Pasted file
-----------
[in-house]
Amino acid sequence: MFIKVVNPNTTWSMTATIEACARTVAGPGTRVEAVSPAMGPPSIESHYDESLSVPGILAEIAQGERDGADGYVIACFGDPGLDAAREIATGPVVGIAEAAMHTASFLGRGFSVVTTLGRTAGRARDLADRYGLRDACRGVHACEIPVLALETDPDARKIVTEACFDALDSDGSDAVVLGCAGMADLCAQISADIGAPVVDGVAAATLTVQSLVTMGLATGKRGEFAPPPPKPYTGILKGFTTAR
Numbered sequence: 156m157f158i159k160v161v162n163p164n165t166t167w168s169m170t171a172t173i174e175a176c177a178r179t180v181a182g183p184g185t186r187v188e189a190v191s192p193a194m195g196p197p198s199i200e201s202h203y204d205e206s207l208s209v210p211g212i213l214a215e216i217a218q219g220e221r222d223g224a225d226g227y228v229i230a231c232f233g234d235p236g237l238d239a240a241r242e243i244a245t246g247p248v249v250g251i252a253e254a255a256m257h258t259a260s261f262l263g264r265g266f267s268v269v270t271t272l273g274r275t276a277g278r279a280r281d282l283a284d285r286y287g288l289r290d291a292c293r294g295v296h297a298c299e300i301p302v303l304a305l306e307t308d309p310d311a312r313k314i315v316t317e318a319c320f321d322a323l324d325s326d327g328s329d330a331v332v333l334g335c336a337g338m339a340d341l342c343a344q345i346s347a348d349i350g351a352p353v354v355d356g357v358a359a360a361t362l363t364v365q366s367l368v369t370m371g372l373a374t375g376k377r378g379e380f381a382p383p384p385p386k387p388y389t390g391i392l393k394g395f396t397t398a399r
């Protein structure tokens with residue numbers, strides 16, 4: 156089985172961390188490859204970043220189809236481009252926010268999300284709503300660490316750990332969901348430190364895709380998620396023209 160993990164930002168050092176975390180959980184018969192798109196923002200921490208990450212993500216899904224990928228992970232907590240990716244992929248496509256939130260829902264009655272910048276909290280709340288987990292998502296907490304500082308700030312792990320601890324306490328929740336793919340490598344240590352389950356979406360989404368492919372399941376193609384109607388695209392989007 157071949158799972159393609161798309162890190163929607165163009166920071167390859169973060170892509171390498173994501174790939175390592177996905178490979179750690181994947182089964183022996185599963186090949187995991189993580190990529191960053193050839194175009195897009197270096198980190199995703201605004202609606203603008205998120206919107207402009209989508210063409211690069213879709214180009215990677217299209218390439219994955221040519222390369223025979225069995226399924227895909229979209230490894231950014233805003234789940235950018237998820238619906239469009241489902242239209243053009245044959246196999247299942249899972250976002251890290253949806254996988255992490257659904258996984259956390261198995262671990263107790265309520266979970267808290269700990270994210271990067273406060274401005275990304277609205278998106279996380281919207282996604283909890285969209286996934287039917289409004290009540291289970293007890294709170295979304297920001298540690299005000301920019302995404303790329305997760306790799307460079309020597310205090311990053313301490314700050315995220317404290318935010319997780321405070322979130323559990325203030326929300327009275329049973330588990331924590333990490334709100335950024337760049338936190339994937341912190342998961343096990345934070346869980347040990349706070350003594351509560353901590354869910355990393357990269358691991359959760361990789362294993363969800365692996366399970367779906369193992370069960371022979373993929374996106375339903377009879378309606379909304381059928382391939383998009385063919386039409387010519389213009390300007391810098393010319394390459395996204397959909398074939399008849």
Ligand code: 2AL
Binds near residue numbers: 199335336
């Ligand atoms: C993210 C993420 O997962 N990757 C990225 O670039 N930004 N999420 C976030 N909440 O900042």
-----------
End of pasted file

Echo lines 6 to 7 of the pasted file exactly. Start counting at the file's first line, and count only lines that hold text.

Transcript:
Binds near residue numbers: 199335336
């Ligand atoms: C993210 C993420 O997962 N990757 C990225 O670039 N930004 N999420 C976030 N909440 O900042």